In general, Georgia law provides that the age of majority is 18 years, and every person under 18 is a minor, according to O.C.G.A. Section 19-7-2.  According to this Statute, minors are not competent to consent to treatment by a mental health professional, and that parents must consent to treatment for their minor children who are under the age of 18.

There are, however, several basic exceptions to this general rule.  Those exceptions are as follows:

  1. Minor parents: minors who are parents may consent to treatment for their children;
  2. Drug abuse:  minors may consent to treatment for drug abuse;
  3. Emancipated minors:  An emancipated minor is one who is living independently and supporting him/herself, and living independent of a parent;
  4. Reproductive issues:  Under Georgia law, any female may give consent for treatment, regardless of her age, for treatment related to pregnancy, birth control, or child birth
  5. Venereal disease:  A minor in the State of Georgia who has contracted an STD may give consent to treatment for the condition, regardless of age.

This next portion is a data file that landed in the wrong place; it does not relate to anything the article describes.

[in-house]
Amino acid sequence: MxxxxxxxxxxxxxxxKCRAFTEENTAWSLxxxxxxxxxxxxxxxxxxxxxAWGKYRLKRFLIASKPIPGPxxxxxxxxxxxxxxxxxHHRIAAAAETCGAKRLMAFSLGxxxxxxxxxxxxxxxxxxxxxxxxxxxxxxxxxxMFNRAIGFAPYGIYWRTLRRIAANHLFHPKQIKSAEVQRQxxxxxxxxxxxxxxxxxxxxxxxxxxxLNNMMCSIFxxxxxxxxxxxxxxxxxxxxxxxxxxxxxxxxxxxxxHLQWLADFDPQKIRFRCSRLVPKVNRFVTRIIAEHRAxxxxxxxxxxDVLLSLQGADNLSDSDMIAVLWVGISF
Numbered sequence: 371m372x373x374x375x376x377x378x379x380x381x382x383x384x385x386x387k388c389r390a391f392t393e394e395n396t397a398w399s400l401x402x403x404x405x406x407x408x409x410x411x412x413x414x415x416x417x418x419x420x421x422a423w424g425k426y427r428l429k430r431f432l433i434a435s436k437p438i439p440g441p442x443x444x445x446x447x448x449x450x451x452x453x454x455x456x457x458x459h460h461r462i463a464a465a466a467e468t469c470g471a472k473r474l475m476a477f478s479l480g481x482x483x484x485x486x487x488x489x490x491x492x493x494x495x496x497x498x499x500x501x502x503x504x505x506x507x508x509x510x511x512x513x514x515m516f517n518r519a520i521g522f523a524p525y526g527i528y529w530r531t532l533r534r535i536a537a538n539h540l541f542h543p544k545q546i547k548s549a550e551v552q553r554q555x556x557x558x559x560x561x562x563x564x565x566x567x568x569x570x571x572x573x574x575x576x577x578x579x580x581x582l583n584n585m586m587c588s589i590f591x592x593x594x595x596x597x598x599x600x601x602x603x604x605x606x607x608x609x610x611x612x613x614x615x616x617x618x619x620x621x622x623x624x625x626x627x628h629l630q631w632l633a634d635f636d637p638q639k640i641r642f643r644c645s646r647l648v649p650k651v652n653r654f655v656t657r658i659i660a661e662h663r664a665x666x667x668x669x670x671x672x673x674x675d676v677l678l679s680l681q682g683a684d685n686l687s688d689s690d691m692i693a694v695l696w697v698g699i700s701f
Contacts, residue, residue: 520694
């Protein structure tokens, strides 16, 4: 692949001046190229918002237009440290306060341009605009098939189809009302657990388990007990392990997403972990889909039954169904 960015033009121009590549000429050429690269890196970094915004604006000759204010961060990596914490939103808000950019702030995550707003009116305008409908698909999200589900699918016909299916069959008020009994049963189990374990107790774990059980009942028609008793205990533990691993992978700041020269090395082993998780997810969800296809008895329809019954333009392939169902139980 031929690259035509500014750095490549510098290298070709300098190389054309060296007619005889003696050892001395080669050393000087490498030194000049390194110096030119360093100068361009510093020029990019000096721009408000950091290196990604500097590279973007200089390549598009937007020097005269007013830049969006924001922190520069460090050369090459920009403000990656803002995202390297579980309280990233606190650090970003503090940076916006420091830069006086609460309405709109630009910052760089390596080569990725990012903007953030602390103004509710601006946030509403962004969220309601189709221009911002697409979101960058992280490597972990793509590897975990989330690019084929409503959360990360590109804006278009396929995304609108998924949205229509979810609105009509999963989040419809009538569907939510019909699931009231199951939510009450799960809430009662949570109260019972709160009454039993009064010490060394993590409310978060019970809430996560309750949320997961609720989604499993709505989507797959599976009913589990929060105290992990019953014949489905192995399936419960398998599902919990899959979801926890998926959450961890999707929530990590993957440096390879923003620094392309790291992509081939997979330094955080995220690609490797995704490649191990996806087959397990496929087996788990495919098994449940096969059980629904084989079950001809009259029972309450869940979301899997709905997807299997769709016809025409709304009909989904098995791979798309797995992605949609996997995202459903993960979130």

When parents consent to mental health treatment for their minor children, parents should agree, in writing if possible, to allow the therapist to create a safe place for counseling, where parents will not intrude.  In discussing the need for privacy between a therapist and a minor client, parents may be informed by the therapist that they will be told of any need for referrals for additional services; and that the therapist will advise the parents regarding any situations which they need to know about.  In addition, the therapist will also inform parents regarding what they can do to assist their child.

Written by Dennis Lane, Attorney at Law

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